The second crash is your body against the bike.

Motorcycle safety has come a long way over the past few decades. More people are wearing helmets and other riding gear. Bikes have introduced electronic aids like anti-lock brakes that help the rider stay in control. (They would have prevented my recent crash.) There is one area of motorcycle design that has not changed, however, and continues to be a safety hazard on some modern motorcycles: the gas tank.

In a typical crash where the motorcycle crashes into something, like a car or a guardrail, the bike stops, but the rider keeps going. It's Newton's first law of motion: An object in motion will stay in motion unless acted upon by an outside force. Since there is no seat belt holding you to a motorcycle like there is in a car, your body keeps moving when the bike comes to a sudden stop in a crash. The first thing you hit is what is immediately in front of you, the gas tank.

The study by Neuroscience Research Australia has determined that the design of the tank directly affects how severe the injuries to your nether regions will be. Specifically, bikes with large, tall gas tanks are more likely to rearrange your junk in a particularly unpleasant way. This may seem like a gold mine of material for the types of jokes Beavis and Butt-head would make, but it's a rather serious matter. This type of groin injury can not only affect sexual function, but also the ability to urinate as well as walk. 

2020 Honda Africa Twin Review, Profile, Left 2

A good example of this would be the Honda Africa Twin. Look how the large gas tank rises up sharply ahead of the rider. Even the seat matches the upward contours of the tank. It may provide a little padding, but not enough to prevent injury in the type of crash we're talking about here. In fact, most adventure and dual-sport motorcycles have a similarly designed tank. I'm sure there are at least a few readers out there who can validate this from personal experience.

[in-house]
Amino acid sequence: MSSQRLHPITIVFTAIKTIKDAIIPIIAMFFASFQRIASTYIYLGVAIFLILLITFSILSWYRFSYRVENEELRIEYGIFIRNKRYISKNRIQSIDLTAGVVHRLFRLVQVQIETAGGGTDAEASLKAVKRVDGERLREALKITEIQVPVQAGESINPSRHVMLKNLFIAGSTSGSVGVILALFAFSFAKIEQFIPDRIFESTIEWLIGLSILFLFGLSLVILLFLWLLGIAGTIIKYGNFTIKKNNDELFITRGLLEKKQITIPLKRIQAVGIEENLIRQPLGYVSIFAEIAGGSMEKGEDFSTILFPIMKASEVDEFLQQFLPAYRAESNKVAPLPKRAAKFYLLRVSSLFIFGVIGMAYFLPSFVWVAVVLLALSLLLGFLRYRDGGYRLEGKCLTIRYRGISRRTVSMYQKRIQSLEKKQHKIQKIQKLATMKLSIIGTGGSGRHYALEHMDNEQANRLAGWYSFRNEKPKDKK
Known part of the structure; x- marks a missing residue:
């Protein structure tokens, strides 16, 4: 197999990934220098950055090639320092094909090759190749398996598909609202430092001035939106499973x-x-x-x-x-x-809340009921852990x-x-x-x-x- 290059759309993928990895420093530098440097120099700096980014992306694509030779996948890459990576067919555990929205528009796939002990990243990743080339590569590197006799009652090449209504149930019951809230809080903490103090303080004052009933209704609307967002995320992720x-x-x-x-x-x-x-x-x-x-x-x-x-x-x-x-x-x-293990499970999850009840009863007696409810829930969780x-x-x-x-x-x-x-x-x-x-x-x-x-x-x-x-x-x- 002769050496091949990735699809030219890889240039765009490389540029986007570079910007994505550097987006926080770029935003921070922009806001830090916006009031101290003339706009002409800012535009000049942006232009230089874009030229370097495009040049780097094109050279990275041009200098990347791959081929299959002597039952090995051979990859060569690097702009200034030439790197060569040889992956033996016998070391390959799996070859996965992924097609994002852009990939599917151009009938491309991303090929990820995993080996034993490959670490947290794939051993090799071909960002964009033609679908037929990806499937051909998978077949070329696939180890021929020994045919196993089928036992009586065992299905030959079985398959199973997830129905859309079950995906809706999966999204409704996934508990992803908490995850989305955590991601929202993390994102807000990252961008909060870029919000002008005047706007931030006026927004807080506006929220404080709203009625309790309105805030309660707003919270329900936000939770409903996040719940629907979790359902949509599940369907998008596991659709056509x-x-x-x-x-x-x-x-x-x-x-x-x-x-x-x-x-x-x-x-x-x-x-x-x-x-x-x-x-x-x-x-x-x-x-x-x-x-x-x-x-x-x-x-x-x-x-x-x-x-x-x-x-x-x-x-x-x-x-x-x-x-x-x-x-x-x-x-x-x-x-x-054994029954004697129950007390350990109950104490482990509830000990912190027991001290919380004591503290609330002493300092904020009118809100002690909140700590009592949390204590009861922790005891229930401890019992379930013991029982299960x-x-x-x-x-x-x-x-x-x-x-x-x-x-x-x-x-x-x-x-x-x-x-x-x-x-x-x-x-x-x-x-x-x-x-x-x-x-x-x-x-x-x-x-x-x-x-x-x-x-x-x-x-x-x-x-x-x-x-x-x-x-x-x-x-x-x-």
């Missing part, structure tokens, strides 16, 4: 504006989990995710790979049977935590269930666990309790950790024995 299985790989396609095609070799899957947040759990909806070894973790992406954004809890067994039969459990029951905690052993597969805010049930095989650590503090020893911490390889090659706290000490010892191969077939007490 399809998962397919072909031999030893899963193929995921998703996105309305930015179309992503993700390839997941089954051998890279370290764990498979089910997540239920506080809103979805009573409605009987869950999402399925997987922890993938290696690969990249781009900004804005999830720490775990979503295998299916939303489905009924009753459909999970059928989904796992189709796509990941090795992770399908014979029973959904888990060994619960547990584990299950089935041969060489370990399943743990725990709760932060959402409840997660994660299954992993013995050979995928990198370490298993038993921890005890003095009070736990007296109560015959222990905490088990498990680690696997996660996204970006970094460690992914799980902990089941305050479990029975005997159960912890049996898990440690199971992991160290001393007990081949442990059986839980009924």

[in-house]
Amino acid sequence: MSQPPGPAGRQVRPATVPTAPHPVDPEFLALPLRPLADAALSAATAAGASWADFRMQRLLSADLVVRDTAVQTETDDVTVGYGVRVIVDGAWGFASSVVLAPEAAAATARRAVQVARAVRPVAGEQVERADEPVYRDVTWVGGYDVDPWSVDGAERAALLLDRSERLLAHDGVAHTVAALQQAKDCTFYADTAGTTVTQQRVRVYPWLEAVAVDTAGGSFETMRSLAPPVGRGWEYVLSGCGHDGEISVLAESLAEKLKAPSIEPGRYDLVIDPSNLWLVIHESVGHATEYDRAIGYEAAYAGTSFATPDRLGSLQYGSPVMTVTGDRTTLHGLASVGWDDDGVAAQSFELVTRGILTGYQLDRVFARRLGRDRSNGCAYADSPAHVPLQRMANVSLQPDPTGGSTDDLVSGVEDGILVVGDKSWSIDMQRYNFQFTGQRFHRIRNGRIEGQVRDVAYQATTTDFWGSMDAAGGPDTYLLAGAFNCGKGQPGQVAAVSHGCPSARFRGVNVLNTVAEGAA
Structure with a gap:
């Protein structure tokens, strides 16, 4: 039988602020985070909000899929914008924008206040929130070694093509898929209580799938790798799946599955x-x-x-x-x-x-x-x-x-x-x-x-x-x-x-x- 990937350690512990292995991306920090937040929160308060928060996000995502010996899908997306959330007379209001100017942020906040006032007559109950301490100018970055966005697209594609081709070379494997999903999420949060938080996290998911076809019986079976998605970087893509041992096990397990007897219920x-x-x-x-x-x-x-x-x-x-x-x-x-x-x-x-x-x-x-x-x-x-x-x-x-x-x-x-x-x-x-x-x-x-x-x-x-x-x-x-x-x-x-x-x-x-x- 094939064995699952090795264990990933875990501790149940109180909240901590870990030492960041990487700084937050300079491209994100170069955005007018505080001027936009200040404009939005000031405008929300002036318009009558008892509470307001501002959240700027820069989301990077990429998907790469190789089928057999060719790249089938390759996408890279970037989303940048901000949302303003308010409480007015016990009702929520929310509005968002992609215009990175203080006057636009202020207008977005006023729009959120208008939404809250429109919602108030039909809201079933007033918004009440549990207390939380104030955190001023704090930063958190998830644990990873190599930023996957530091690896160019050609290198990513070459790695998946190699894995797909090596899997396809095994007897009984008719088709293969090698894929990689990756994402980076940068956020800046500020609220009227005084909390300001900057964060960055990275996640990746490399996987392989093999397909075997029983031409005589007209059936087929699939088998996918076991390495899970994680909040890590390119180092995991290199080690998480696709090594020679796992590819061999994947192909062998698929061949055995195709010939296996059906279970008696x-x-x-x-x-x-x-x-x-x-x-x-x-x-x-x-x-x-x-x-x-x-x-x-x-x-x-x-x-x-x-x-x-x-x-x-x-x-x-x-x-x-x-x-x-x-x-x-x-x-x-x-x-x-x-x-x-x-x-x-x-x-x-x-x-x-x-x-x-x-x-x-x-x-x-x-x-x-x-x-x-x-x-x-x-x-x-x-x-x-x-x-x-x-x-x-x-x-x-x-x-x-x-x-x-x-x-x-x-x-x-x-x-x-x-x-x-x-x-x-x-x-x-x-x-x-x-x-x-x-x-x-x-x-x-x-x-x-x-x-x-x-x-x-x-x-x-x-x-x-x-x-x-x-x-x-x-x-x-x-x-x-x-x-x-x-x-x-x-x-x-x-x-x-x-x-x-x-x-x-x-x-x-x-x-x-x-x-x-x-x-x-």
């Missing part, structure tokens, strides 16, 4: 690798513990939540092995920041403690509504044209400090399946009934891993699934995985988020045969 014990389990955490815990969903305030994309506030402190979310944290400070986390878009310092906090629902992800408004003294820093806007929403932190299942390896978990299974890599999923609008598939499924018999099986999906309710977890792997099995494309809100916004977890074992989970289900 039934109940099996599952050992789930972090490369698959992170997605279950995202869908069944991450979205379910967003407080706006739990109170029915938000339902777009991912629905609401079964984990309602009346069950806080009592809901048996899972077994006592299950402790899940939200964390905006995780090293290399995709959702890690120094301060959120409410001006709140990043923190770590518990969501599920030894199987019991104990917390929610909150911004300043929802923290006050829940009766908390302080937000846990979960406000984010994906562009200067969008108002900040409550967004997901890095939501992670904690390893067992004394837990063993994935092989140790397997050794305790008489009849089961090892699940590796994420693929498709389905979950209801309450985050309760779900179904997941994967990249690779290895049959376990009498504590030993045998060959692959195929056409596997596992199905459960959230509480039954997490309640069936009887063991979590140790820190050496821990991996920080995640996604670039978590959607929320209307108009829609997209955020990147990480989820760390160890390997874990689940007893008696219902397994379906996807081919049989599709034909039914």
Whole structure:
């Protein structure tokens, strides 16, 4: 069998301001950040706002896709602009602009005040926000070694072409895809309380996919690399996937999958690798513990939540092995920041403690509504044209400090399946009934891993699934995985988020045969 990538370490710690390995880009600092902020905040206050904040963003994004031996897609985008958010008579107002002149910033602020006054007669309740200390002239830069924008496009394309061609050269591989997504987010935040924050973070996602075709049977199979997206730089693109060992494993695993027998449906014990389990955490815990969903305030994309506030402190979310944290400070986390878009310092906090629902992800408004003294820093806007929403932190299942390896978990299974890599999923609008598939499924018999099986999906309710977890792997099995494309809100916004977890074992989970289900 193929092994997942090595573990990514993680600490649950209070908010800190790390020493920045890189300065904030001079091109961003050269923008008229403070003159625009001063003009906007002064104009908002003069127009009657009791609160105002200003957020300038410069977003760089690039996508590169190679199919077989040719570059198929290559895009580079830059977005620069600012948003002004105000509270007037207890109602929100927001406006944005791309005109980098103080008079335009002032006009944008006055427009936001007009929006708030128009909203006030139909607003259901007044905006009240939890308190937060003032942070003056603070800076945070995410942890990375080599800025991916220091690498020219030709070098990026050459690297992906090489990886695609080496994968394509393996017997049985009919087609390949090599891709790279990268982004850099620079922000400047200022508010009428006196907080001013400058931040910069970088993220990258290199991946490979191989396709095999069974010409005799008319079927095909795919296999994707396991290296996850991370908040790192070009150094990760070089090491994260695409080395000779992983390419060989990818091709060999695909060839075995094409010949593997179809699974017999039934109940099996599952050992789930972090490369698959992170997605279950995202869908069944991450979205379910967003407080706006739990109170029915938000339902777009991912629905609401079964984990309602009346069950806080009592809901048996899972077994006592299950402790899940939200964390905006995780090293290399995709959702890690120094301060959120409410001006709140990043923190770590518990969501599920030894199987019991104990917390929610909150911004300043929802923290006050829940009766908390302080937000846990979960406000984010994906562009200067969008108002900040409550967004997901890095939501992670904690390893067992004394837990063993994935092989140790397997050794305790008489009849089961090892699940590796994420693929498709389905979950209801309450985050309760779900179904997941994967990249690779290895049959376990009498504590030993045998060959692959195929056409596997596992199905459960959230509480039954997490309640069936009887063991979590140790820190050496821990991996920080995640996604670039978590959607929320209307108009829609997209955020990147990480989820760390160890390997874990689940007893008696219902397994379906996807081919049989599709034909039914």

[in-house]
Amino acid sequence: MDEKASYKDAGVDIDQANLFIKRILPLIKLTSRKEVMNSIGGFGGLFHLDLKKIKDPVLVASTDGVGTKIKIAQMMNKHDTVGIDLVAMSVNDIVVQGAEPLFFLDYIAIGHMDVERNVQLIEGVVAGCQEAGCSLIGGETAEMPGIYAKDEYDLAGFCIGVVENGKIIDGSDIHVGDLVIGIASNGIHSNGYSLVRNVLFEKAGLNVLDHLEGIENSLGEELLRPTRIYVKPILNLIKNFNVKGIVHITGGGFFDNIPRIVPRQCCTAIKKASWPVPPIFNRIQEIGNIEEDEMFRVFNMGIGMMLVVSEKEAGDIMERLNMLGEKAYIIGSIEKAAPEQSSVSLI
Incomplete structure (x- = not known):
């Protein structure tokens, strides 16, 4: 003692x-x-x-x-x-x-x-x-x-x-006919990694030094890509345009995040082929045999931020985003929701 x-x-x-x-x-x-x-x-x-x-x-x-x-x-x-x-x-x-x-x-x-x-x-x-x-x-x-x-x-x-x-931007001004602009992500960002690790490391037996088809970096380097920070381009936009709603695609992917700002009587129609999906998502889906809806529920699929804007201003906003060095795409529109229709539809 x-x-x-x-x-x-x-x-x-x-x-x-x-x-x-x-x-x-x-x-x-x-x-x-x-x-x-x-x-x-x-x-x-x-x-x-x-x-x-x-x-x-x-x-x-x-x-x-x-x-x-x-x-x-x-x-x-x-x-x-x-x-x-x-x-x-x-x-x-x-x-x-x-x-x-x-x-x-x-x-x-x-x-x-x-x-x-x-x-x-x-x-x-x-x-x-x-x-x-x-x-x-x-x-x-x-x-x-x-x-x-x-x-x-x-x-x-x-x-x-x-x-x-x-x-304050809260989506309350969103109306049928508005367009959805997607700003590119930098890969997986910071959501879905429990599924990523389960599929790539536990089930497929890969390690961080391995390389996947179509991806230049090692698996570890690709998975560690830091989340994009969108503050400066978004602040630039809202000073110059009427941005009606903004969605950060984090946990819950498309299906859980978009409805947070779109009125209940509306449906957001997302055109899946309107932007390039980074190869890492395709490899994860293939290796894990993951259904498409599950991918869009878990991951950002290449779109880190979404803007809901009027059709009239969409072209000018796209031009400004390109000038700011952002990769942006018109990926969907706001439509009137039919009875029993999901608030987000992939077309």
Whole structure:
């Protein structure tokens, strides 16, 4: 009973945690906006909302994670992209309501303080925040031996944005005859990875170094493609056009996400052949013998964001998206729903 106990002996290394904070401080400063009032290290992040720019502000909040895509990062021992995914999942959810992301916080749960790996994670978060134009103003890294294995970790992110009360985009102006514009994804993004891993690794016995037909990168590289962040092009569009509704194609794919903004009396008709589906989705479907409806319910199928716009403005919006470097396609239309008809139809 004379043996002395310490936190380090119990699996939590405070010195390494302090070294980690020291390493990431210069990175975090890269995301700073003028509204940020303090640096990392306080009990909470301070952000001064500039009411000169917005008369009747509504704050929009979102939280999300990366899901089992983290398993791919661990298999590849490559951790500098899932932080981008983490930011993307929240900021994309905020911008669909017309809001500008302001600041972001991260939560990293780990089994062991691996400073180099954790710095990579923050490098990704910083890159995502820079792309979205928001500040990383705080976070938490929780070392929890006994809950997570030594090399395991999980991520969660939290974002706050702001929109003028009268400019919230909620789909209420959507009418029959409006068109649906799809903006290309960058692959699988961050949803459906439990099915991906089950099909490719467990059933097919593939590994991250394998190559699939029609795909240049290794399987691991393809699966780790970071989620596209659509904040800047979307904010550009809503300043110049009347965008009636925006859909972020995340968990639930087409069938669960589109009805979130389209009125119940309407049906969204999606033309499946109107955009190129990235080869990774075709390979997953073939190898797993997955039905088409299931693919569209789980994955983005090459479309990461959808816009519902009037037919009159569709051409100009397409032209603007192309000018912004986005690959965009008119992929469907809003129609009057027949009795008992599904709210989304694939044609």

Harley-Davidson Road King YouTube

Another motorcycle category at risk of pelvic injury is cruisers. Here we have the ubiquitous Harley-Davidson Road King, one of the bikes that defines this category. The rider sits so low on a cruiser that there is nowhere to go but up. Cruisers typically have a gently sloped tank, far less vertical than an ADV bike. It's still directly in front of where the rider is sitting, though, which puts the pelvic region in harm's way.

Kawasaki Ninja 400

In a surprise twist, sportbikes actually tend to be much safer in these types of crashes. The reason is that the rider's body is already hunched forward over the tank, which gives the groin more of a glancing blow than a hard stop. You sit upright on adventure bikes and cruisers, which means you smack straight into the tank instead of bouncing off of it.

This was just one of several areas of motorcycle safety that Neuroscience Research Australia researched. Other discoveries include that more and more Australian riders are wearing proper gear and that overheating in gear continues to be a problem. Neither of these is a big shock. You don't hear much about gas tank design when it comes to safety, however, and they present these findings in order to bring some attention to the subject when manufacturers design their bikes.

Meanwhile, this information can do some good in another unexpected way. If you want to buy a sportbike, and your friends or family are telling you they're too dangerous, you can cite this study to build your case that sportbikes are actually safer than some other types of motorcycles. It may not be a particularly strong case, but it is a valid data point.